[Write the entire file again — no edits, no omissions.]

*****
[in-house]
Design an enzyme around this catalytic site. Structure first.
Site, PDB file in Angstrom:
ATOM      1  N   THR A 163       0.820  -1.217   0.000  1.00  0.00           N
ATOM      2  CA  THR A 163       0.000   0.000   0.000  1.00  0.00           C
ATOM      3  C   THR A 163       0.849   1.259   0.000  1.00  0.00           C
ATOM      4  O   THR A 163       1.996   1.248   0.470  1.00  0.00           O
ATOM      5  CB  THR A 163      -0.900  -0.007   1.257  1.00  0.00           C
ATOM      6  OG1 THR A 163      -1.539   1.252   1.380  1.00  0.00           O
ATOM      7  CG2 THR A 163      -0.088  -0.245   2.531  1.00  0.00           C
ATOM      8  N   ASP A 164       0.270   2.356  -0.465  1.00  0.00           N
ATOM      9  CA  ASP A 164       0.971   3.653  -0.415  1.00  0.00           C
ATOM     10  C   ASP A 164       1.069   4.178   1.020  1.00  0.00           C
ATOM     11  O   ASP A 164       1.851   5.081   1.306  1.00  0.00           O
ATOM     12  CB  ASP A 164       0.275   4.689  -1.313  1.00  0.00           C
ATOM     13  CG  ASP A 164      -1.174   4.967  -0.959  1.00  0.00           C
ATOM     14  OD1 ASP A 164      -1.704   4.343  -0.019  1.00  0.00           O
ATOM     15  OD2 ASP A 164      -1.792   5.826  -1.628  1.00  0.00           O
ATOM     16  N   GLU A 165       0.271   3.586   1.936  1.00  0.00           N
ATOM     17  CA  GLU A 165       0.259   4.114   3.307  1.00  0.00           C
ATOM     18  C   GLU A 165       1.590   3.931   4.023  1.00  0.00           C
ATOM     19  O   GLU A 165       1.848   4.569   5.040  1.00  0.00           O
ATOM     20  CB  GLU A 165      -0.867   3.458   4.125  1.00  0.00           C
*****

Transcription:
[in-house]
Design an enzyme around this catalytic site. Structure first.
Site, PDB file in Angstrom:
ATOM      1  N   THR A 163       0.820  -1.217   0.000  1.00  0.00           N
ATOM      2  CA  THR A 163       0.000   0.000   0.000  1.00  0.00           C
ATOM      3  C   THR A 163       0.849   1.259   0.000  1.00  0.00           C
ATOM      4  O   THR A 163       1.996   1.248   0.470  1.00  0.00           O
ATOM      5  CB  THR A 163      -0.900  -0.007   1.257  1.00  0.00           C
ATOM      6  OG1 THR A 163      -1.539   1.252   1.380  1.00  0.00           O
ATOM      7  CG2 THR A 163      -0.088  -0.245   2.531  1.00  0.00           C
ATOM      8  N   ASP A 164       0.270   2.356  -0.465  1.00  0.00           N
ATOM      9  CA  ASP A 164       0.971   3.653  -0.415  1.00  0.00           C
ATOM     10  C   ASP A 164       1.069   4.178   1.020  1.00  0.00           C
ATOM     11  O   ASP A 164       1.851   5.081   1.306  1.00  0.00           O
ATOM     12  CB  ASP A 164       0.275   4.689  -1.313  1.00  0.00           C
ATOM     13  CG  ASP A 164      -1.174   4.967  -0.959  1.00  0.00           C
ATOM     14  OD1 ASP A 164      -1.704   4.343  -0.019  1.00  0.00           O
ATOM     15  OD2 ASP A 164      -1.792   5.826  -1.628  1.00  0.00           O
ATOM     16  N   GLU A 165       0.271   3.586   1.936  1.00  0.00           N
ATOM     17  CA  GLU A 165       0.259   4.114   3.307  1.00  0.00           C
ATOM     18  C   GLU A 165       1.590   3.931   4.023  1.00  0.00           C
ATOM     19  O   GLU A 165       1.848   4.569   5.040  1.00  0.00           O
ATOM     20  CB  GLU A 165      -0.867   3.458   4.125  1.00  0.00           C